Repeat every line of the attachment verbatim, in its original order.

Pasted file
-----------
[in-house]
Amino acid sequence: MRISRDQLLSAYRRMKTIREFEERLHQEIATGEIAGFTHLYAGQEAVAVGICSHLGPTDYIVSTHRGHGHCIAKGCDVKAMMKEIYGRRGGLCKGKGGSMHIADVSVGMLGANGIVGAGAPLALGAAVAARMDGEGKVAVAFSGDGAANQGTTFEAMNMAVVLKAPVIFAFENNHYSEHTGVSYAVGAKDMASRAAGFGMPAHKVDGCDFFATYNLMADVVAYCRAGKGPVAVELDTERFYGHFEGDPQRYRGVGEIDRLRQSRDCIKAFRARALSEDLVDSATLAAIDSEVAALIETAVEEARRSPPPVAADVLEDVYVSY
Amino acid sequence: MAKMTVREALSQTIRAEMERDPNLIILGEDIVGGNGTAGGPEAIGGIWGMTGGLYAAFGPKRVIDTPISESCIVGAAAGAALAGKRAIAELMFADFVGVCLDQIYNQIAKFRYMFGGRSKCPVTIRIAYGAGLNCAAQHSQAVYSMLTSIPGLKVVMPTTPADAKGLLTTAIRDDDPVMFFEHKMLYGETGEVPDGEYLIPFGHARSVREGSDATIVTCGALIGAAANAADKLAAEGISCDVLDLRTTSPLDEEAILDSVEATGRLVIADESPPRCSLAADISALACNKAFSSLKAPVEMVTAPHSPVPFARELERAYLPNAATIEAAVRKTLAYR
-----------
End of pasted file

[in-house]
Amino acid sequence: MRISRDQLLSAYRRMKTIREFEERLHQEIATGEIAGFTHLYAGQEAVAVGICSHLGPTDYIVSTHRGHGHCIAKGCDVKAMMKEIYGRRGGLCKGKGGSMHIADVSVGMLGANGIVGAGAPLALGAAVAARMDGEGKVAVAFSGDGAANQGTTFEAMNMAVVLKAPVIFAFENNHYSEHTGVSYAVGAKDMASRAAGFGMPAHKVDGCDFFATYNLMADVVAYCRAGKGPVAVELDTERFYGHFEGDPQRYRGVGEIDRLRQSRDCIKAFRARALSEDLVDSATLAAIDSEVAALIETAVEEARRSPPPVAADVLEDVYVSY
Amino acid sequence: MAKMTVREALSQTIRAEMERDPNLIILGEDIVGGNGTAGGPEAIGGIWGMTGGLYAAFGPKRVIDTPISESCIVGAAAGAALAGKRAIAELMFADFVGVCLDQIYNQIAKFRYMFGGRSKCPVTIRIAYGAGLNCAAQHSQAVYSMLTSIPGLKVVMPTTPADAKGLLTTAIRDDDPVMFFEHKMLYGETGEVPDGEYLIPFGHARSVREGSDATIVTCGALIGAAANAADKLAAEGISCDVLDLRTTSPLDEEAILDSVEATGRLVIADESPPRCSLAADISALACNKAFSSLKAPVEMVTAPHSPVPFARELERAYLPNAATIEAAVRKTLAYR